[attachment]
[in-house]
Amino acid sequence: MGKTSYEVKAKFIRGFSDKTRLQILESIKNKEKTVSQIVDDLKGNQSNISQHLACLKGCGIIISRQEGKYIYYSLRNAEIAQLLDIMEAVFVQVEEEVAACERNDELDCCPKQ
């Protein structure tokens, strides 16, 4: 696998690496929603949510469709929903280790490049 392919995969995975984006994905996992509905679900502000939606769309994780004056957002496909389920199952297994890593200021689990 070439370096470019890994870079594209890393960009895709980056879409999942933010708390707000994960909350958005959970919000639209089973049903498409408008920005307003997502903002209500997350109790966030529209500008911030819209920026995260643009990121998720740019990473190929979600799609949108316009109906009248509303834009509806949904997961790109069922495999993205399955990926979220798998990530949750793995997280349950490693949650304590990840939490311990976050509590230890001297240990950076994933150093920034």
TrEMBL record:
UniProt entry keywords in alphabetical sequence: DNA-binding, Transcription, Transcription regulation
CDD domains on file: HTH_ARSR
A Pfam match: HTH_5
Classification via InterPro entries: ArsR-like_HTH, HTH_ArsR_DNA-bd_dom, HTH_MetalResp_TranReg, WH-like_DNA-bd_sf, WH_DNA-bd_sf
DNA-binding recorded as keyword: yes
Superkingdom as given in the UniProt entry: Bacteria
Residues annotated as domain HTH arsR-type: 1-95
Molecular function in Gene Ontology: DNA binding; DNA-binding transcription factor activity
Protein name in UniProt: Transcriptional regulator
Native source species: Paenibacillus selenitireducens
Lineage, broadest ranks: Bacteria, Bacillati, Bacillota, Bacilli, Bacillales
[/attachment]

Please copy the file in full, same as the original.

[in-house]
Amino acid sequence: MGKTSYEVKAKFIRGFSDKTRLQILESIKNKEKTVSQIVDDLKGNQSNISQHLACLKGCGIIISRQEGKYIYYSLRNAEIAQLLDIMEAVFVQVEEEVAACERNDELDCCPKQ
């Protein structure tokens, strides 16, 4: 696998690496929603949510469709929903280790490049 392919995969995975984006994905996992509905679900502000939606769309994780004056957002496909389920199952297994890593200021689990 070439370096470019890994870079594209890393960009895709980056879409999942933010708390707000994960909350958005959970919000639209089973049903498409408008920005307003997502903002209500997350109790966030529209500008911030819209920026995260643009990121998720740019990473190929979600799609949108316009109906009248509303834009509806949904997961790109069922495999993205399955990926979220798998990530949750793995997280349950490693949650304590990840939490311990976050509590230890001297240990950076994933150093920034």
TrEMBL record:
UniProt entry keywords in alphabetical sequence: DNA-binding, Transcription, Transcription regulation
CDD domains on file: HTH_ARSR
A Pfam match: HTH_5
Classification via InterPro entries: ArsR-like_HTH, HTH_ArsR_DNA-bd_dom, HTH_MetalResp_TranReg, WH-like_DNA-bd_sf, WH_DNA-bd_sf
DNA-binding recorded as keyword: yes
Superkingdom as given in the UniProt entry: Bacteria
Residues annotated as domain HTH arsR-type: 1-95
Molecular function in Gene Ontology: DNA binding; DNA-binding transcription factor activity
Protein name in UniProt: Transcriptional regulator
Native source species: Paenibacillus selenitireducens
Lineage, broadest ranks: Bacteria, Bacillati, Bacillota, Bacilli, Bacillales